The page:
the featherweightiness of belonging

more than fifteen years ago, i identified three 7th and 8th grade guys in my junior high ministry and started meeting with them, as a group, as guys i wanted to mentor. i saw both a spiritual interest and leadership potential in each of them. i think back on this little group as one of my many fond memories over my 30 years in middle school ministry.

one of those guys was michael. other than one or two facebook connections in recent years, i’d mostly lost touch with michael. until a week ago. all i knew was that michael had, in the years since, seemed to drift away from the church (and maybe his faith?).

last week, while visiting the city michael now lives in, i got to have coffee with him. it was a blast to reconnect and hear his story. he’s a highly committed volunteer youth worker at his church these days, which–of course–brings me great joy.

but hearing michael’s story fascinated me. his freshman year of high school, michael had a traumatic skateboard accident and was incapacitated for three months. even though he’d been extremely involved in the youth ministry, no students called him while he was out, or came by to visit him. a couple leaders reached out, but no students.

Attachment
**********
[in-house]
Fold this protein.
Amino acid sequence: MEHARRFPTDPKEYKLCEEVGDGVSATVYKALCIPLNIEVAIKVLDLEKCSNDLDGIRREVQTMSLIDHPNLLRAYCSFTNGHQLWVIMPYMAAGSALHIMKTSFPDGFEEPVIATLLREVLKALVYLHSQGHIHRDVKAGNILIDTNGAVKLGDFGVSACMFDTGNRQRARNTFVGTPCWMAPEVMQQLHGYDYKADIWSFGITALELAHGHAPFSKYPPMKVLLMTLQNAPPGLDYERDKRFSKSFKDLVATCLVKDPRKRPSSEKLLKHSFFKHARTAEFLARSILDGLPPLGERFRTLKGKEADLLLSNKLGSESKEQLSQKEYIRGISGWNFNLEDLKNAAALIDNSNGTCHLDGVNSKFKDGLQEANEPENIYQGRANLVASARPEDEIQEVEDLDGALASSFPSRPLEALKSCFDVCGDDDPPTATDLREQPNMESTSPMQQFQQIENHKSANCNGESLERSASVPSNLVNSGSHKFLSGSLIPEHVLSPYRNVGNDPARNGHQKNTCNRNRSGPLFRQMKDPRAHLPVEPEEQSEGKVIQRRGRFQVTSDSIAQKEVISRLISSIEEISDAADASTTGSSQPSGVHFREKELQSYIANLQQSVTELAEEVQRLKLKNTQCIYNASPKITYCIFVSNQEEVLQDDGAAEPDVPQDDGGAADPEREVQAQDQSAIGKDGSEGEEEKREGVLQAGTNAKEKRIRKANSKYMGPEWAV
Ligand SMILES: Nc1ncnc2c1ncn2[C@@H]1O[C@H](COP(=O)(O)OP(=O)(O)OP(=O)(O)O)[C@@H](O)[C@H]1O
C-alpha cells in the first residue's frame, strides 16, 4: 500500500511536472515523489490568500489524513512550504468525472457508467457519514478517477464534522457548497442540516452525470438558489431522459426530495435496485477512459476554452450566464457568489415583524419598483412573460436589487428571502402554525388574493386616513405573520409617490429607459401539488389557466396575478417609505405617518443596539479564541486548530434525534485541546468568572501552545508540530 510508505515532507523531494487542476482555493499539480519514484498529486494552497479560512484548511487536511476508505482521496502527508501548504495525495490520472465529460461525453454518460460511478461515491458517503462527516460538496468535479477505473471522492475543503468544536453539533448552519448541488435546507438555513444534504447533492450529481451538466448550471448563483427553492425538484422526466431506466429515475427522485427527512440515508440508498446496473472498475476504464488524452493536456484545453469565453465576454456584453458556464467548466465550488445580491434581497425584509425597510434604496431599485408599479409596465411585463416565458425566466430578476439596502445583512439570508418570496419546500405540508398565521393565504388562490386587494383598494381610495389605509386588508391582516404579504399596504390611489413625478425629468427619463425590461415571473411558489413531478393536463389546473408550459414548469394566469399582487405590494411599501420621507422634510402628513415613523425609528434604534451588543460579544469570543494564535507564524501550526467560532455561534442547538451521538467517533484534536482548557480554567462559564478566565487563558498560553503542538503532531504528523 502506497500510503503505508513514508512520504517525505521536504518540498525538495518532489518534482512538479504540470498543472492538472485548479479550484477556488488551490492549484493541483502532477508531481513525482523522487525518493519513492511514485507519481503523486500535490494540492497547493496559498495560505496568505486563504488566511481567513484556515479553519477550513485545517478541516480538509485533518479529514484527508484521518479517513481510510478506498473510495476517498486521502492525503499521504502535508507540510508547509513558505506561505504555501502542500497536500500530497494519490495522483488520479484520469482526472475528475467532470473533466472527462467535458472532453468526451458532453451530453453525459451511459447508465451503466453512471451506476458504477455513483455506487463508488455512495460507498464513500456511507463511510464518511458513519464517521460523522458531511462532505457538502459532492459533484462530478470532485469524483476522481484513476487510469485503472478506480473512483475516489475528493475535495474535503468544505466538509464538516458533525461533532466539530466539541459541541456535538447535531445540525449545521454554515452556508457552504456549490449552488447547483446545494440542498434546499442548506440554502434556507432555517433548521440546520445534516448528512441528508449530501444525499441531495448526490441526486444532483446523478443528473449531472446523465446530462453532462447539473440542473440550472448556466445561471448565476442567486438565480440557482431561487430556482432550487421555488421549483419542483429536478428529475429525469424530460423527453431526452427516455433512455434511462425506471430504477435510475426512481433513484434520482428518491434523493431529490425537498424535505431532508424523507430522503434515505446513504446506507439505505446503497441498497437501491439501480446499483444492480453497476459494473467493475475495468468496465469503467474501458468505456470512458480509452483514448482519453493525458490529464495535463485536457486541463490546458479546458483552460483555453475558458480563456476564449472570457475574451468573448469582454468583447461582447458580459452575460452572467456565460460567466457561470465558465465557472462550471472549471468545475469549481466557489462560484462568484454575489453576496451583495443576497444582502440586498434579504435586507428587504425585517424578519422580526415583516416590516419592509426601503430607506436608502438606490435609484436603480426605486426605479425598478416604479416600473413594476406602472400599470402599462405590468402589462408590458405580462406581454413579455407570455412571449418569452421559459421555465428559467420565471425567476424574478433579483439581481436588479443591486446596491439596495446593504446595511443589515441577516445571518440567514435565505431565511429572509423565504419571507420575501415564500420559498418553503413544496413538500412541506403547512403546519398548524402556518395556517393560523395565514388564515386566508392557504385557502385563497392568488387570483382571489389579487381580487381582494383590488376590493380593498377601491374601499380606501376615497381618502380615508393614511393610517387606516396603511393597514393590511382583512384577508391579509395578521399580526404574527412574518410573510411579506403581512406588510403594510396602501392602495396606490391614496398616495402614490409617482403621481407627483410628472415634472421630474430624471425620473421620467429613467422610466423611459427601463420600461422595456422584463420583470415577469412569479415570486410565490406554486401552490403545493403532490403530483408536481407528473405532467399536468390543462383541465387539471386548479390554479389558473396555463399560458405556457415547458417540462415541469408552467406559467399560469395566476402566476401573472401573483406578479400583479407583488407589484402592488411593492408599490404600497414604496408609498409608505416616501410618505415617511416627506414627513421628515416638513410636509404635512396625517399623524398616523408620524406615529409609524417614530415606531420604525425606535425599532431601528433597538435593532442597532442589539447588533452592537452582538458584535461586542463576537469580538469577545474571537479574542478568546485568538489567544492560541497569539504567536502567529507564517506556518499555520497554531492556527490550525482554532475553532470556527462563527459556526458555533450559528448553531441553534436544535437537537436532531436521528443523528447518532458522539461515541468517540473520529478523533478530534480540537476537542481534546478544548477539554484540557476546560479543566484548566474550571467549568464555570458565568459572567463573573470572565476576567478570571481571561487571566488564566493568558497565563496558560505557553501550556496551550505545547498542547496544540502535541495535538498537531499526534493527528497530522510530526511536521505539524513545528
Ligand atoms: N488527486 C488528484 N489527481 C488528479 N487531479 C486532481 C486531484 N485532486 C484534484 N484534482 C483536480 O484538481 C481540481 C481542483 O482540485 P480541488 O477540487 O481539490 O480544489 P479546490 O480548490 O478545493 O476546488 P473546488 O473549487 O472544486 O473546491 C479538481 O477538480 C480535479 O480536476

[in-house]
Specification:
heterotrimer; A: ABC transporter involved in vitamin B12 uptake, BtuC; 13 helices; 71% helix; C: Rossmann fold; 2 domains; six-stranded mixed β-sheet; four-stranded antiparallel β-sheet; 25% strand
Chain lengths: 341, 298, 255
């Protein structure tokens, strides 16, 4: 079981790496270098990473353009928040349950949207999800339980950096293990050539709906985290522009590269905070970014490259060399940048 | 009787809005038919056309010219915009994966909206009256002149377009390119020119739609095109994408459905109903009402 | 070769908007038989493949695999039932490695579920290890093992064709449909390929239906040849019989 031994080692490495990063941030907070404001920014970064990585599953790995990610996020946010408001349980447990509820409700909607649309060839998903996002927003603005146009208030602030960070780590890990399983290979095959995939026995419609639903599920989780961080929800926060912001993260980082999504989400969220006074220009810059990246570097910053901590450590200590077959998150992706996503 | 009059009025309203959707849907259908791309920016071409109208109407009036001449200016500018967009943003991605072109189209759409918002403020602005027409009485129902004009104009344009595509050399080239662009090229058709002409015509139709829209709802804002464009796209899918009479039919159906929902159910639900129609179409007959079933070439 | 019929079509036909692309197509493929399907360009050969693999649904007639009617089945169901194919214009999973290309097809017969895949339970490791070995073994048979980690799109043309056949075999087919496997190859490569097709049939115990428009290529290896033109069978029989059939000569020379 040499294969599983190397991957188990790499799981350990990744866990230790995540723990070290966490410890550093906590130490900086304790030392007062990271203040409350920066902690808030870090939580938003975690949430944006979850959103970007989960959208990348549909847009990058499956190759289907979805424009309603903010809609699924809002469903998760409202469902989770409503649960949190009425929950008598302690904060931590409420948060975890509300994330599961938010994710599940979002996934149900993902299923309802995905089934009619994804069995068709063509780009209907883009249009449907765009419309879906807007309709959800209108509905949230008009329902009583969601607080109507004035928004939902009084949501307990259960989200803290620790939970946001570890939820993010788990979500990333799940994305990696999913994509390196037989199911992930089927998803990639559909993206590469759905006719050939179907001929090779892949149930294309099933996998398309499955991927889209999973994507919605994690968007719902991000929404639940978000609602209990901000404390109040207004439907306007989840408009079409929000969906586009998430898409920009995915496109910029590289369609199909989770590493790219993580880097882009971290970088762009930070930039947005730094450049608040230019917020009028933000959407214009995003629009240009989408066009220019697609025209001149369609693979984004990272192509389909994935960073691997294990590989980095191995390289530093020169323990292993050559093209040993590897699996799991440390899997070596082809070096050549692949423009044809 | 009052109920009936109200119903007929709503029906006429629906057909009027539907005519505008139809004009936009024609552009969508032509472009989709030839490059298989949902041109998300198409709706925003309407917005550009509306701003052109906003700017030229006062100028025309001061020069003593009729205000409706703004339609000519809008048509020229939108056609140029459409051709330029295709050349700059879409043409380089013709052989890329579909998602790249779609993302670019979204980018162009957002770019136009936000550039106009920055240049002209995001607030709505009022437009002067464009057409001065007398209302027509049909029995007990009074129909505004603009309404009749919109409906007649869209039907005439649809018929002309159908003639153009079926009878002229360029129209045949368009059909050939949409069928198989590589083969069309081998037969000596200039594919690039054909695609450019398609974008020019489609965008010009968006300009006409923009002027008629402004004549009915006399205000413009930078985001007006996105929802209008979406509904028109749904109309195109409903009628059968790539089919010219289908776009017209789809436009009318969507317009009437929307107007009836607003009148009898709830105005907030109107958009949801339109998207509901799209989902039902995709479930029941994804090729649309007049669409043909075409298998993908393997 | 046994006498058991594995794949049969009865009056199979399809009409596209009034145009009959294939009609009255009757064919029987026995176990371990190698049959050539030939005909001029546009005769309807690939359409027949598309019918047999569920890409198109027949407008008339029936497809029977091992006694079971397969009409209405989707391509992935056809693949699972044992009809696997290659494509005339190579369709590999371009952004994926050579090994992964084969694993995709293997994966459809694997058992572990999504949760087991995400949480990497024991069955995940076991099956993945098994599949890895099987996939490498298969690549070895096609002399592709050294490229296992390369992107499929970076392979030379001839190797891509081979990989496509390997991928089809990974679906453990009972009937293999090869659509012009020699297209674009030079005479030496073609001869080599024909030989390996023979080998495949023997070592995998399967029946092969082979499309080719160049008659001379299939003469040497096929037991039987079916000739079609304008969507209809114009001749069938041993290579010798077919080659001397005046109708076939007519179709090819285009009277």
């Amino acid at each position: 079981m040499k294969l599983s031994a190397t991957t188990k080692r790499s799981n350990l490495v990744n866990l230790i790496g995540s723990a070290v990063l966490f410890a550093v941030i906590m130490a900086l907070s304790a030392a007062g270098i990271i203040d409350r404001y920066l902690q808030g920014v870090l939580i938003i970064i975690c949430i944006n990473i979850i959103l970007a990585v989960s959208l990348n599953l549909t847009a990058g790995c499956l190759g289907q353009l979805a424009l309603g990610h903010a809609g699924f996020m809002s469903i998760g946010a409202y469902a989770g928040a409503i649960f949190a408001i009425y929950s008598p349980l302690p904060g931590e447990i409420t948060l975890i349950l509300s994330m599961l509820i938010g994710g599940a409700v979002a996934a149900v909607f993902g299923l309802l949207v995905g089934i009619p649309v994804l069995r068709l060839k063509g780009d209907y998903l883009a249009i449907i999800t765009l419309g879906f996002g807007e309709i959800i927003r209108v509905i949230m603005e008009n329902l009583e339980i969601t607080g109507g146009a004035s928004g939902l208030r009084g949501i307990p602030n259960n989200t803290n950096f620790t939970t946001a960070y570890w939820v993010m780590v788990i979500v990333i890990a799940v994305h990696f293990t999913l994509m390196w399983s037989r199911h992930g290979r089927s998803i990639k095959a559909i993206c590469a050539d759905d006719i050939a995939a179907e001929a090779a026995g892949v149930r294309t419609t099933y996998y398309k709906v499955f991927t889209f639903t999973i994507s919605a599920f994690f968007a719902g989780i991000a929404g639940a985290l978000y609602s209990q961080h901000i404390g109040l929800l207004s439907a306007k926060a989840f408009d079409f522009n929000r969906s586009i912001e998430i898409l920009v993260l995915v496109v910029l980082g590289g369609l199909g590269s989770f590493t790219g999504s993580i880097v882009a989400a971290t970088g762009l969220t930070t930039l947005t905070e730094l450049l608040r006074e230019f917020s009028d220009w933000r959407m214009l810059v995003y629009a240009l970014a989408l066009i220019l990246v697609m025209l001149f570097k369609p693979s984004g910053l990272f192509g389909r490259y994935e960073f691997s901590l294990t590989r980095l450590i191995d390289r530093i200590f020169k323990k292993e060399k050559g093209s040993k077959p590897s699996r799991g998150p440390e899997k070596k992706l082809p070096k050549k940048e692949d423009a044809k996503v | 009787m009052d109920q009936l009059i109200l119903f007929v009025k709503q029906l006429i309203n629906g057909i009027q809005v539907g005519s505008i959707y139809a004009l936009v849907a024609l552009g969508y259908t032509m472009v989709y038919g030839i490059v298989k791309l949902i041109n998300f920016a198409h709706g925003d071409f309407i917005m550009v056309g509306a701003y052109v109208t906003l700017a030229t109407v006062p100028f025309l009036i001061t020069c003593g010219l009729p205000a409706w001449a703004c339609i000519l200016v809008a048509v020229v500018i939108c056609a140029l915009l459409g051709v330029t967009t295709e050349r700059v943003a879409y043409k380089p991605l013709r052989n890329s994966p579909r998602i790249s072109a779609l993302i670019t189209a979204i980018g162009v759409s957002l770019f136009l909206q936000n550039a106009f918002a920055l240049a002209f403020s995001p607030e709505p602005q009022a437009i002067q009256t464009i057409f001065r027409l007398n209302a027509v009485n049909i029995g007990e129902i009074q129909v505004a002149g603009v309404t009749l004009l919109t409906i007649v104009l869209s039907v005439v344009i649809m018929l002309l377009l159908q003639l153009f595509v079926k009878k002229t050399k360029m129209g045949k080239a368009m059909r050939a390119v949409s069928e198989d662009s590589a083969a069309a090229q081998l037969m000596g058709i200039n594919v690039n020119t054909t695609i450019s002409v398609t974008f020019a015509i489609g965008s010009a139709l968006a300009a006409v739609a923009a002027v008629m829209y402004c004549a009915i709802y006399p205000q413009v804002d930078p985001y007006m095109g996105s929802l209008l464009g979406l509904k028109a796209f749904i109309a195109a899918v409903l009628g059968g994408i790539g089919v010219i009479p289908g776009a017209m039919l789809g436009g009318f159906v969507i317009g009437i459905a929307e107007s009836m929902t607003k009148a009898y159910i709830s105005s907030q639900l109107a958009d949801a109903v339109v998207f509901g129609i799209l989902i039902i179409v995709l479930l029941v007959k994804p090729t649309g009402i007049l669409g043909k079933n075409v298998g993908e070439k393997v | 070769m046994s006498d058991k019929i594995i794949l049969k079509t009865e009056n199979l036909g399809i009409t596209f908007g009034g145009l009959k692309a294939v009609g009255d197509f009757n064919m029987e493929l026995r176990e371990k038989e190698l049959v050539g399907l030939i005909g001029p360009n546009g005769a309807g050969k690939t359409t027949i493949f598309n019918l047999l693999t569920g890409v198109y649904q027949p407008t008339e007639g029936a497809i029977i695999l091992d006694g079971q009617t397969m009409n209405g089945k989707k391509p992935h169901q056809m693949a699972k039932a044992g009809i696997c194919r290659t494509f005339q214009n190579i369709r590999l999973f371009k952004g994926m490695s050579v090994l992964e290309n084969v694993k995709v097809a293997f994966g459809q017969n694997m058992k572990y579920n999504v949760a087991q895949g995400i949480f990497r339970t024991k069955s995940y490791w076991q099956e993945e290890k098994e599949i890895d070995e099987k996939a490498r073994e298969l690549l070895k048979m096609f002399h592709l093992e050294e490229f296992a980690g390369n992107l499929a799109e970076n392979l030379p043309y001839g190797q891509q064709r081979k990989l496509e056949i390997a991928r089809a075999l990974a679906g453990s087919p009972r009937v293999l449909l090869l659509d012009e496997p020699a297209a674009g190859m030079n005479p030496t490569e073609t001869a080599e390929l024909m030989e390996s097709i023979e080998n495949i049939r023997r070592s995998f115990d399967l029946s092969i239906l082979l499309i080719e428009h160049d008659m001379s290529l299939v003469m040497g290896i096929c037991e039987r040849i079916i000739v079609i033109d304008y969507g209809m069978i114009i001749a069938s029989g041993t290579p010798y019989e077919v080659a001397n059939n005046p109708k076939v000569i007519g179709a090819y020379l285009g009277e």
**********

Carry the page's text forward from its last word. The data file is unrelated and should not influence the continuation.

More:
the sunday morning he returned, not one person asked him where he’d been or how he was, or expressed that they’d missed him. a switch flipped, and michael suddenly, in that space (remember: he was a 14 year-old 9th grader at the time), saw that he didn’t belong. and he never came back.

a dozen years passed. michael got involved in a bunch of destructive habits, dropped out of high school (even though he was always an extremely intelligent guy), got his G.E.D., moved to another city, and sort of drifted through life. he said he never really dropped his belief in god, but he was very angry with the church. over time, this anger at the church grew to a calcified belief that the church was a joke, and merely a collective of hypocrites.

after a dozen years, michael felt the pull to try out a local church he’d heard about. funny thing is, while it might have been god’s spirit prompting him to return, michael’s entire reason for giving it a shot was to prove, to himself, that he was right about how cold and hypocritical the church was. by this time, michael had tattoos up and down his arms. he purposely wore a sleeveless shirt that morning, as an intentional dare to whoever would look at him funny or say something negative about his tattoos.

michael was walking across the parking lot of this church, steeling himself for the negative response he was confident he would receive. but the first person he encountered said, “great tats, man. who does your work?”

that was it. michael was back.

here’s what i find stunning about this story. the actions that caused michael to leave, and the action that opened the door to his return, were so very, very minor. they weren’t about structures or methodologies or programming or curriculum or buildings or youth rooms. they were both–negative and positive–about expressing (or not expressing), “you belong, and we want you here.”

amazing. seems life a puff of air — something so featherweight. but in negative and, thankfully, redemptive ways, these seemingly minor expressions shaped michael’s story more than anything else over the last 15 years.